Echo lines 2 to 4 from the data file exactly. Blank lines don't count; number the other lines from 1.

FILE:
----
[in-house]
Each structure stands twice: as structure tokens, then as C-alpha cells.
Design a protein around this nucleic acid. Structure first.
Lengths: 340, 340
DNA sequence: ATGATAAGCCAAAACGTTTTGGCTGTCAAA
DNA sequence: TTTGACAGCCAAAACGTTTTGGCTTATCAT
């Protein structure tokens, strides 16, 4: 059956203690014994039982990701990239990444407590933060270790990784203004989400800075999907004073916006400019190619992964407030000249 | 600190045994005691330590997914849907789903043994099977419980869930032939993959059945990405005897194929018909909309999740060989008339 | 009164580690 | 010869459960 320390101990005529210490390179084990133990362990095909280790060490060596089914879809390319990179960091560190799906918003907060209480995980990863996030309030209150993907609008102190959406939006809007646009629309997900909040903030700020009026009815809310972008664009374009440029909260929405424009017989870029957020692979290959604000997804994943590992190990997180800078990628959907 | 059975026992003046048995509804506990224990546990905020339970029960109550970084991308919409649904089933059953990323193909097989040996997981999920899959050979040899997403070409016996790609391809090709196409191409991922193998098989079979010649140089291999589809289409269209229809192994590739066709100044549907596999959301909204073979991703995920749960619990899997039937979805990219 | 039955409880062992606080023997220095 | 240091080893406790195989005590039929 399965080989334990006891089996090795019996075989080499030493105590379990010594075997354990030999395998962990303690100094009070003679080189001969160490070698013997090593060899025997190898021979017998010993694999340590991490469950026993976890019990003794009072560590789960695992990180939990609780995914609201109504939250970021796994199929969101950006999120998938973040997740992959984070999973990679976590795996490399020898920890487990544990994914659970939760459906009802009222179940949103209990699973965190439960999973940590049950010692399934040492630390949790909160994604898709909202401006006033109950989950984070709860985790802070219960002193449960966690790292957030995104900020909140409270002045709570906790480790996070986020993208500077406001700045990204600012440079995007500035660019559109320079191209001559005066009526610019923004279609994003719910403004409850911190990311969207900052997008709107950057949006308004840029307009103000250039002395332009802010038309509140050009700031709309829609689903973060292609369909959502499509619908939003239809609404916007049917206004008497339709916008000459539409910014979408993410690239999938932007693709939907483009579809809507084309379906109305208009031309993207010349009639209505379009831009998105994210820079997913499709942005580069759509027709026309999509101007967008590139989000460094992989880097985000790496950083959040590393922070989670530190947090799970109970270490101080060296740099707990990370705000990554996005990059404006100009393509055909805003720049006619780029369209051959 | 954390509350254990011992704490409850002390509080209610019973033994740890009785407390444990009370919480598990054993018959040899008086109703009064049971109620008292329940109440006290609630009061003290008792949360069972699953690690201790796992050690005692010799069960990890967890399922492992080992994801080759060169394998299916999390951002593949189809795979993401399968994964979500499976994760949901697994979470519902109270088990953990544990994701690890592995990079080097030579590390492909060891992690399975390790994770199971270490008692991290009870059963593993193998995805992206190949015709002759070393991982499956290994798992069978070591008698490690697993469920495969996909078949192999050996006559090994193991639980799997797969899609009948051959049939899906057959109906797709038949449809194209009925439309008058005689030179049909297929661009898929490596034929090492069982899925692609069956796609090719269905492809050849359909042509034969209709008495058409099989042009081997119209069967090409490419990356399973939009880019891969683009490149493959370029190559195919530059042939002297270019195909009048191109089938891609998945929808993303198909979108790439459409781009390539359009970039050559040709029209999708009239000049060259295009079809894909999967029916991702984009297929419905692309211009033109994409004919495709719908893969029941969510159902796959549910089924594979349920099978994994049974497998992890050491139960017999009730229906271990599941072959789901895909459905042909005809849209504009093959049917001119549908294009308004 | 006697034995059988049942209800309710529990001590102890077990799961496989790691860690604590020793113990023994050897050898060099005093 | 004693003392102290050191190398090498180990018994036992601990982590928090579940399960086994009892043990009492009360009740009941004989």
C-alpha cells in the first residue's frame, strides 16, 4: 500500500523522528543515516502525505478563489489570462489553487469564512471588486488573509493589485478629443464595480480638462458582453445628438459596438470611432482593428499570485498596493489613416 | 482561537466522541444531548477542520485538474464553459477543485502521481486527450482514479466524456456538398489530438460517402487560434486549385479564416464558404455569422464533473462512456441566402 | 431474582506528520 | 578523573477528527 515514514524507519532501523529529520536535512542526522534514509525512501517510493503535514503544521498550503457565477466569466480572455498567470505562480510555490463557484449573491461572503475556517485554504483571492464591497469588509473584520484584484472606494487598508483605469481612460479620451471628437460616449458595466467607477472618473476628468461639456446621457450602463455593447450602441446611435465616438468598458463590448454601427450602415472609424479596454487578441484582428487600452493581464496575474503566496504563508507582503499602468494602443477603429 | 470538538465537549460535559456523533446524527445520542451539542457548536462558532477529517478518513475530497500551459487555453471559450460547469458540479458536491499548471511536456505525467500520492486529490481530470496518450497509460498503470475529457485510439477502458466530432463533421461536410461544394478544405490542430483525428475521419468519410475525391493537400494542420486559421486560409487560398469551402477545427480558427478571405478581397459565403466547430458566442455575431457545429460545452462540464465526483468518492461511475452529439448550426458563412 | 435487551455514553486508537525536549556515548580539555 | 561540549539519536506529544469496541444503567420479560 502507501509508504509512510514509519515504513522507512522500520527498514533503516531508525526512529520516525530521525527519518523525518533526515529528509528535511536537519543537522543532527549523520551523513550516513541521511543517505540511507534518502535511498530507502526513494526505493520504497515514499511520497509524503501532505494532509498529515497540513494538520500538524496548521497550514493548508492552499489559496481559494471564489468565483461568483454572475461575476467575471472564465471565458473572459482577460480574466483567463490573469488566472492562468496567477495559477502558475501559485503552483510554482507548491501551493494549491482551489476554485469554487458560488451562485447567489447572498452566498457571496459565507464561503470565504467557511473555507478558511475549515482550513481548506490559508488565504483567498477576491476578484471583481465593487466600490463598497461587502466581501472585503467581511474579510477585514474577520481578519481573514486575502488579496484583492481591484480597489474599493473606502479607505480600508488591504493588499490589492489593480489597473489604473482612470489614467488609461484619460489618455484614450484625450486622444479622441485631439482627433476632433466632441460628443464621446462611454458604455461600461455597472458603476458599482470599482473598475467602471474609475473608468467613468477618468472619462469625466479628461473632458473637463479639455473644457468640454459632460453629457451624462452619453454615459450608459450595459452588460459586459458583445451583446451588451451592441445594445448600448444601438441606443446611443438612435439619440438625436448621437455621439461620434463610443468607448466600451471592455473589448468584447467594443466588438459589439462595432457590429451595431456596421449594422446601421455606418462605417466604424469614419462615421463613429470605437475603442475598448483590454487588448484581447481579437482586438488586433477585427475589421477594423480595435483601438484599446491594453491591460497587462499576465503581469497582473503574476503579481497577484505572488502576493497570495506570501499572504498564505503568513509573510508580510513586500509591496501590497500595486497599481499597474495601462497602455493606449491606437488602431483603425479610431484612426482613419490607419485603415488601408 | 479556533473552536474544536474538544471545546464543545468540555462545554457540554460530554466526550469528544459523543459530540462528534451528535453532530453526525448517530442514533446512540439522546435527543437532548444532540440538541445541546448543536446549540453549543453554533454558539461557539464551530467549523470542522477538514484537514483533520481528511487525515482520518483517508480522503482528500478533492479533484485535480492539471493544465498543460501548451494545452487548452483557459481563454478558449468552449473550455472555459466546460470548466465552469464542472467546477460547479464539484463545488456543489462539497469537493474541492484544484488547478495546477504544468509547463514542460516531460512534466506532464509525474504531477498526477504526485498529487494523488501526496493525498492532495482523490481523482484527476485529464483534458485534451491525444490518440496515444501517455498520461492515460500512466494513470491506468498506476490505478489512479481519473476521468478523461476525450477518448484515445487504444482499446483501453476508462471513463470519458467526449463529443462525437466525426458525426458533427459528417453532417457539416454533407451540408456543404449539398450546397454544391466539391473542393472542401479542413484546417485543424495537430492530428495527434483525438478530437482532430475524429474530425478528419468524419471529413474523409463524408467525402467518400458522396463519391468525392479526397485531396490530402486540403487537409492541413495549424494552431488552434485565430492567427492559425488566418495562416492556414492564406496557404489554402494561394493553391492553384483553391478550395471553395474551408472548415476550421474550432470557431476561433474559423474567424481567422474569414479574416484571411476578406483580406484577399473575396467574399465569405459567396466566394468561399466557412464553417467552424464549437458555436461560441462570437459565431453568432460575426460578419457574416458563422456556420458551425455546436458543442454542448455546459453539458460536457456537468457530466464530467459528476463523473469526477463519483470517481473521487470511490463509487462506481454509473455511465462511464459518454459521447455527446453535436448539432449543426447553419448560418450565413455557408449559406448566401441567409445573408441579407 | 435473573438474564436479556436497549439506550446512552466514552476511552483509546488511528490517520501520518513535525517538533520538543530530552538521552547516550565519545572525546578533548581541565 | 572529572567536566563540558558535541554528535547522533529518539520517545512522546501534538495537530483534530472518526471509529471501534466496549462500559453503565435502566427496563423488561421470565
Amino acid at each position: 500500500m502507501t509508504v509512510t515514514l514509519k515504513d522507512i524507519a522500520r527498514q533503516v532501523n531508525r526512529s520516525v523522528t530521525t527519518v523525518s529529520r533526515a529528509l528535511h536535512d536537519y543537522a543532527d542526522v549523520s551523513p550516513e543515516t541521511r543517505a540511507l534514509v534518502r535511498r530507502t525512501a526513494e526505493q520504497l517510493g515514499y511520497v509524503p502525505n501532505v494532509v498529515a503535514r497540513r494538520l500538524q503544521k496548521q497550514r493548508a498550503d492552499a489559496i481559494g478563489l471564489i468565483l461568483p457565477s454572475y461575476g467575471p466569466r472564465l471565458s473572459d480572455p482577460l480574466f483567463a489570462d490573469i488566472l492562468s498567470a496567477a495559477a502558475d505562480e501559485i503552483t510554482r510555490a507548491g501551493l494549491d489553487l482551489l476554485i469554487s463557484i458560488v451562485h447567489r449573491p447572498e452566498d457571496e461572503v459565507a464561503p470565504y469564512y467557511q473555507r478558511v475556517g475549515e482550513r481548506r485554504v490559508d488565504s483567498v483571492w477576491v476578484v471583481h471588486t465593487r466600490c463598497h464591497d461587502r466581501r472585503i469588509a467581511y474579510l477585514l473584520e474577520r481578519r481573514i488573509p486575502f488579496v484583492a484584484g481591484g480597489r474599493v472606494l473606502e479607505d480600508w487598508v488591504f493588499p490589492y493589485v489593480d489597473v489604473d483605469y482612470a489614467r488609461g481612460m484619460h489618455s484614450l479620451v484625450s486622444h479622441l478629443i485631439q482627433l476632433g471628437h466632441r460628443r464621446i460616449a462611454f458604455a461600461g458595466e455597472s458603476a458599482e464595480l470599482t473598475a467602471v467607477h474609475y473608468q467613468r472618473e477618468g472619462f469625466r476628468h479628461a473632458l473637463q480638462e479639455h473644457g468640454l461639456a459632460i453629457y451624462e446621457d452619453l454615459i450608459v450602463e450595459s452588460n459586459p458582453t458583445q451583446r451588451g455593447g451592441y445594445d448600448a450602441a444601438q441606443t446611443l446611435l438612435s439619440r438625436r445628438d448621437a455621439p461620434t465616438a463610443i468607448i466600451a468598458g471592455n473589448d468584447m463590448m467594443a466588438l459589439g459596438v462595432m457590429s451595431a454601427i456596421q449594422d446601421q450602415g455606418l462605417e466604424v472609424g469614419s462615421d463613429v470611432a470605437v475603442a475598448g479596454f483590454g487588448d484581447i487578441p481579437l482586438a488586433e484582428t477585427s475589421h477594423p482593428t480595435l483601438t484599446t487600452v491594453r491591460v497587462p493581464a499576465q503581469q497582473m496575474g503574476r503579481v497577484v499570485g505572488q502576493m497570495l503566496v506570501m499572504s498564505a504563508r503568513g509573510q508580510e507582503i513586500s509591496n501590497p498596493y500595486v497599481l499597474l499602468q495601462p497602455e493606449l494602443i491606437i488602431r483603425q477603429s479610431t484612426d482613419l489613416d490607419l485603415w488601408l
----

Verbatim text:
Each structure stands twice: as structure tokens, then as C-alpha cells.
Design a protein around this nucleic acid. Structure first.
Lengths: 340, 340